Not My Best Day

by kayris on August 15, 2009

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A couple of weeks ago, I woke on a Thursday morning with a scratchy throat and some tightness in my chest. From there, it was destined to be the sort of day that starts poorly and goes steadily downhill.

On that day, I was not a good AP mom. I was not a good any kind of mom.

I had ten quiet moments to myself to make my bed and feed my cat before both kids were awake and bouncing off the walls.

On a usual day, I like to get up, shower and dress before my children wake up, and on a really good day, I’ve also eaten something and spent some time on the Internet. Being dressed and ready to go, even if it’s in my gym clothes, helps me to handle their early morning energy more easily.

Only on this day, here were both kids awake and raring to go, and I was still groggy and unshowered, not to mention not feeling well.

Three beverage spills, two tantrums and one time out later, I decided we had to get out of the house and head to the pool. I asked the kids to please start picking up their toys so we could get ready to go, and my son immediately bopped his sister on the head and earned himself another time out. Right after that, my daughter informed me, “No. I’m not going to do it.” And I lost it. As I went stomping into the living room to tell my stubborn daughter that she needed to take off her slippers and start putting her dolls away NOW, I leaned over to scoop up a loose toy and….it happened. One of those freak things. A tiny stray piece of wood that was on the floor was suddenly and painfully jammed up under my fingernail, all the way to the cuticle. It felt like fire. I couldn’t get it out on my own, so I placed a hysterical phone call to my husband, then shaking and crying, bundled both kids into the car and drove to the nearest urgent care center.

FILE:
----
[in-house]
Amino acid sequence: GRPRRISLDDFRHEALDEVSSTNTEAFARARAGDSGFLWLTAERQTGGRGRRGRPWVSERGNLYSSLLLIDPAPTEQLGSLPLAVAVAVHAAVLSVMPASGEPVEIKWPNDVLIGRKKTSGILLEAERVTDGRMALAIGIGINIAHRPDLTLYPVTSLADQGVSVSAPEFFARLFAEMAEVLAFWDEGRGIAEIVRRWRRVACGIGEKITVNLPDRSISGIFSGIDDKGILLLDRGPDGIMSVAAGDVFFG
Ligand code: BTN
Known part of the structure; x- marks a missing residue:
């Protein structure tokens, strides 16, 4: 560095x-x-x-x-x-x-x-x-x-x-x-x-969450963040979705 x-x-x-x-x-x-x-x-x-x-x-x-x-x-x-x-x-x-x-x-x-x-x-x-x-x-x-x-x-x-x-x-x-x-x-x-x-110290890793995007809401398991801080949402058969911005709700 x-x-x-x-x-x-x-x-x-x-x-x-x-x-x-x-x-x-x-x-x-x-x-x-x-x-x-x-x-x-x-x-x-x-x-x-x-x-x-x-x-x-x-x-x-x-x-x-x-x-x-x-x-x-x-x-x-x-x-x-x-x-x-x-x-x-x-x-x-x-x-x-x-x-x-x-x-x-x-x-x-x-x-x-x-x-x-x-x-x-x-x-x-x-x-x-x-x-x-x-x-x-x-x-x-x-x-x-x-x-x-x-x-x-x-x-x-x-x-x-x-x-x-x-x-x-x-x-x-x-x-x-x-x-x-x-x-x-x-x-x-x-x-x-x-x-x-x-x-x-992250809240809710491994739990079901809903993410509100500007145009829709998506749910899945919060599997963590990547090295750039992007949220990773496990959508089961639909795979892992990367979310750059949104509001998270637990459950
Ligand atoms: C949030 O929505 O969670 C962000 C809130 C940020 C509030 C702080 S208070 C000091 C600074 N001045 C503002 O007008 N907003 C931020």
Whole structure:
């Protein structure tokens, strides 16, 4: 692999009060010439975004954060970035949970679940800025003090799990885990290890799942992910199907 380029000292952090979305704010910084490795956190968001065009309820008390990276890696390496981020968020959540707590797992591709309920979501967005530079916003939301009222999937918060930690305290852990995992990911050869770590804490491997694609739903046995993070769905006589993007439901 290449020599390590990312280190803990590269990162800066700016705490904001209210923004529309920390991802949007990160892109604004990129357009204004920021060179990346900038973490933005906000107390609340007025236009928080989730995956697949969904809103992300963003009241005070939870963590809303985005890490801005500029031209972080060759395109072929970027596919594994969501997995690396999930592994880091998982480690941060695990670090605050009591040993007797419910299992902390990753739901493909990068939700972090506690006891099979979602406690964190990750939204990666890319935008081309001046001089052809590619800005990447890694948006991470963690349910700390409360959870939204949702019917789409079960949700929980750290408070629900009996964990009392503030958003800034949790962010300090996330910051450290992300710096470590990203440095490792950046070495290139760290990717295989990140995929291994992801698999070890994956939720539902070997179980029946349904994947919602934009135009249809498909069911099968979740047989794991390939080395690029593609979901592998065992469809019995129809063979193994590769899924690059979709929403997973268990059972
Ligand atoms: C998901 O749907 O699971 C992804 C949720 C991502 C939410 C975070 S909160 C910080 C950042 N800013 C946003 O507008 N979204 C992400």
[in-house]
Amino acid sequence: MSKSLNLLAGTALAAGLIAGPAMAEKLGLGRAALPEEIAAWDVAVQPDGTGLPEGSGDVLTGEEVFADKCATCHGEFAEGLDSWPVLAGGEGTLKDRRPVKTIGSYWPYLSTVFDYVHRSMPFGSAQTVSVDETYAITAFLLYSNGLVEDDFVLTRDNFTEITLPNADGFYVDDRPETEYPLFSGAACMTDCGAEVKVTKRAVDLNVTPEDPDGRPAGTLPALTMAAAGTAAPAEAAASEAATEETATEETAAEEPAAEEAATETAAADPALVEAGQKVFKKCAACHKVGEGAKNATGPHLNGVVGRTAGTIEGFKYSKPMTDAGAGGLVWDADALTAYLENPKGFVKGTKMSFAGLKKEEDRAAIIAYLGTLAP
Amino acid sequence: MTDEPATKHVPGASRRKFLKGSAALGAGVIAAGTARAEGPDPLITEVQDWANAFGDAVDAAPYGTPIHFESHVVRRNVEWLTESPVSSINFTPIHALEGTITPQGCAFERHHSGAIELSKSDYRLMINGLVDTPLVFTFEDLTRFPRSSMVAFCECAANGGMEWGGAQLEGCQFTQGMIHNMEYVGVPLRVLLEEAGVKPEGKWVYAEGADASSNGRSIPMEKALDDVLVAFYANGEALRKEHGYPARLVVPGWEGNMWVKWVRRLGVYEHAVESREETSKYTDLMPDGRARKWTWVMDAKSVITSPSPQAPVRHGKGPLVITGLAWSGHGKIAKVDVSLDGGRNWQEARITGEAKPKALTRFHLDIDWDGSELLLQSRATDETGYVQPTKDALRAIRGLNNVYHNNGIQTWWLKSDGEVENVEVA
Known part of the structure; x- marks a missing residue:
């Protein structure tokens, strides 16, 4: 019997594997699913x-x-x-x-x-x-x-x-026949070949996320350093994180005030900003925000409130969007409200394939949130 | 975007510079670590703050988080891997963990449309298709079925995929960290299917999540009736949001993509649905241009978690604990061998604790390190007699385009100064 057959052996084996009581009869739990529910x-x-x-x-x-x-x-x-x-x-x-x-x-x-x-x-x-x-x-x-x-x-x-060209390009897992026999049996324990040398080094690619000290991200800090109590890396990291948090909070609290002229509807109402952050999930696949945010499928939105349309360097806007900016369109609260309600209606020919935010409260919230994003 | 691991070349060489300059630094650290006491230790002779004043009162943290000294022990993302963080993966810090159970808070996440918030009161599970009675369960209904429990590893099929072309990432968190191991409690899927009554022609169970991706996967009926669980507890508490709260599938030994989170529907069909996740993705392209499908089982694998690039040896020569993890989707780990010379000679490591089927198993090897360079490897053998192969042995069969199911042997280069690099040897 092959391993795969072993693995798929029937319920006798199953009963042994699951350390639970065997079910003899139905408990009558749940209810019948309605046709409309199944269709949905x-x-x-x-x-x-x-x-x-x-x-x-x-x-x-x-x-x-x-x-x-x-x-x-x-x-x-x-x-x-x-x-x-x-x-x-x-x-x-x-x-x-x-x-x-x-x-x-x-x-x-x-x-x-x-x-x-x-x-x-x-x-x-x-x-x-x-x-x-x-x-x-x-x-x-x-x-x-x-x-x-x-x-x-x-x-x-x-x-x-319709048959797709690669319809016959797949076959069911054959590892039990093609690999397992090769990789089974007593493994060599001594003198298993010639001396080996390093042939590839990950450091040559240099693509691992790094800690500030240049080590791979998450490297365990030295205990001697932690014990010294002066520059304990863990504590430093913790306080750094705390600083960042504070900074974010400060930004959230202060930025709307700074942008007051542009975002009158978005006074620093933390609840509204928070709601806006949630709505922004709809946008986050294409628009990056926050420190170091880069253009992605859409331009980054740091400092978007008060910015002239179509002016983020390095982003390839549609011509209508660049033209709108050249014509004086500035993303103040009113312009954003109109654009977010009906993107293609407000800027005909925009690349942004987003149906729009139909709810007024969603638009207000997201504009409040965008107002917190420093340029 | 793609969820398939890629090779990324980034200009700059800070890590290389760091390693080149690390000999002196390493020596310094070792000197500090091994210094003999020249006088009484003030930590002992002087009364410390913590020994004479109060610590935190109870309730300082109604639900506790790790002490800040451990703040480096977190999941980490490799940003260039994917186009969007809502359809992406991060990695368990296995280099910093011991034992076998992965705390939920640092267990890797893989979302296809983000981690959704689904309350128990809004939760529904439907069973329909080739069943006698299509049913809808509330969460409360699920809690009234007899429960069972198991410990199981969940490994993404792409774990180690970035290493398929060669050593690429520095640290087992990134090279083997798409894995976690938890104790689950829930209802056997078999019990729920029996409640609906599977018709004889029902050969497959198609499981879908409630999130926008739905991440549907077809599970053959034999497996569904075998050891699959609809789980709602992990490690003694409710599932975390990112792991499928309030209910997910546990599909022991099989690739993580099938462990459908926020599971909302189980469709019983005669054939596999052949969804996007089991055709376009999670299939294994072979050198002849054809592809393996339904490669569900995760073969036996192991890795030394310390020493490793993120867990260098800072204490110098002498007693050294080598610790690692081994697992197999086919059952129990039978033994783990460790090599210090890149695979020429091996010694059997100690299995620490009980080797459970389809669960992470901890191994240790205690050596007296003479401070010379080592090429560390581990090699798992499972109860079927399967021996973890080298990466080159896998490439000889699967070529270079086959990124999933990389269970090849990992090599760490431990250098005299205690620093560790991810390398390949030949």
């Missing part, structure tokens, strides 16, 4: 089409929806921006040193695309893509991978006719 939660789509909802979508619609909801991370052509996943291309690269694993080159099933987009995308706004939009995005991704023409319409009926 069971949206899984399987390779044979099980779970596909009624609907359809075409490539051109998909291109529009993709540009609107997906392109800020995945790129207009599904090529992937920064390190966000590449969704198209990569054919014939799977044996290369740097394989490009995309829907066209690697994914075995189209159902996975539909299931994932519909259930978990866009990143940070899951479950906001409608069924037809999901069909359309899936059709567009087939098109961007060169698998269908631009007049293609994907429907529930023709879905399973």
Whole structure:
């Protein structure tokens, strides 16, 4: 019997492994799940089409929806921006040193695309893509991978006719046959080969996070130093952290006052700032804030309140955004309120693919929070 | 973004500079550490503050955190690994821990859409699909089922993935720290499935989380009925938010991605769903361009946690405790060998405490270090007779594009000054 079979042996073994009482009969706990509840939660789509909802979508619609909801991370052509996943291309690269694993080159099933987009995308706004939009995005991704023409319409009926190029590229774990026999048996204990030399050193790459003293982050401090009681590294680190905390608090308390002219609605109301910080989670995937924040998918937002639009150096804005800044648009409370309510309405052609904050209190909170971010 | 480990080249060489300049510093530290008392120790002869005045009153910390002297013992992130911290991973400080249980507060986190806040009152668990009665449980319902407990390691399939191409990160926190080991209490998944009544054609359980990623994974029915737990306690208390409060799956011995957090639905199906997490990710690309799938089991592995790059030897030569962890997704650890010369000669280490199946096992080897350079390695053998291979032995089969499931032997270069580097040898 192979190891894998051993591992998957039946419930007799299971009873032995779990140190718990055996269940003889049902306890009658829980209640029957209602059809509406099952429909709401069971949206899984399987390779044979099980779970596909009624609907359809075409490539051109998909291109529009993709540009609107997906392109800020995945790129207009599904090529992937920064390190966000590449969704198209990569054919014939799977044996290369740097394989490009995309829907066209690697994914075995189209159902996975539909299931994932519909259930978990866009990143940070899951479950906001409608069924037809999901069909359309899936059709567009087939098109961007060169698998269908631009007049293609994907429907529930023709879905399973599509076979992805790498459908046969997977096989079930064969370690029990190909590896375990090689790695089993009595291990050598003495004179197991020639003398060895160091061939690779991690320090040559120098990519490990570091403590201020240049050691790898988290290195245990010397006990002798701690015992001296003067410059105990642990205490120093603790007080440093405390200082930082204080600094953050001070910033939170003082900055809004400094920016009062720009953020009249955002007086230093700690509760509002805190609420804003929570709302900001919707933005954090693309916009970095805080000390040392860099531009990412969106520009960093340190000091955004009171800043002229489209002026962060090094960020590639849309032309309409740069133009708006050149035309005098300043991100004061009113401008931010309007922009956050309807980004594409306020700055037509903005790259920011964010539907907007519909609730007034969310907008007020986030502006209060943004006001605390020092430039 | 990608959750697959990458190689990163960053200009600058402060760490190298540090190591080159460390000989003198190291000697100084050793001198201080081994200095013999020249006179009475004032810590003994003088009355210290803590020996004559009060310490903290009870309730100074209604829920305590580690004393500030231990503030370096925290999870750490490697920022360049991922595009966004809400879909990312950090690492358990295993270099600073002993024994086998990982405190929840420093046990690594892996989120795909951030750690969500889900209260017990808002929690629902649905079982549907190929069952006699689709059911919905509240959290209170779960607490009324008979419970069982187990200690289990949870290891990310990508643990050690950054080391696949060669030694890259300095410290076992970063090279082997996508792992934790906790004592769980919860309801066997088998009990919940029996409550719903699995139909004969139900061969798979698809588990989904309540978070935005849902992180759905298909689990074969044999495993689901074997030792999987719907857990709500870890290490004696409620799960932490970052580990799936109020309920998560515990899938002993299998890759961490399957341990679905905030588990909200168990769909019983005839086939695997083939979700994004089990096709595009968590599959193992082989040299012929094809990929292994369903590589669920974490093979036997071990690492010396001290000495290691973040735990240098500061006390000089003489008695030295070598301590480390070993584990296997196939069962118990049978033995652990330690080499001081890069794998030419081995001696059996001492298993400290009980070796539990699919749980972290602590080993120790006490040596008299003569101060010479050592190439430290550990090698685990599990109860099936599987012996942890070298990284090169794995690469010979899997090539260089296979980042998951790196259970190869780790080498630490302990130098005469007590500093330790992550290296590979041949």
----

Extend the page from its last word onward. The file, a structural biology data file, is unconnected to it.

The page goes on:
In the waiting room, I was short with my kids. While waiting for a nurse to bring me an ice pack, my son told me that he wanted to sit in his sister’s chair and she wouldn’t move. It’s difficult to feel sympathy over a silly sibling squabble when you’re fighting back tears of pain, your finger is swollen to the size of a sausage and your entire hand is throbbing. “Figure it out on your own,” I snapped. “There are eight other empty chairs, pick one and sit in it.”

It continued in the exam room. As I played the guilt game with my kids–the pool would have been more fun, right? So next time do what I say and pick up your toys–a little voice in my head was saying, “Stop talking to your kids that way.” I was not feeling loving and I was not being respectful.

Eventually, the doctor showed up, numbed my finger and cut off part of my fingernail to remove the stick. In the absence of pain, I started to feel some remorse for my behavior that day. Having had some time to reflect on it, I came to the following conclusions. Please understand that I am not trying to make excuses for my behavior; rather, I’d like to identify the reasons my day was so horrible so I can avoid them in the future.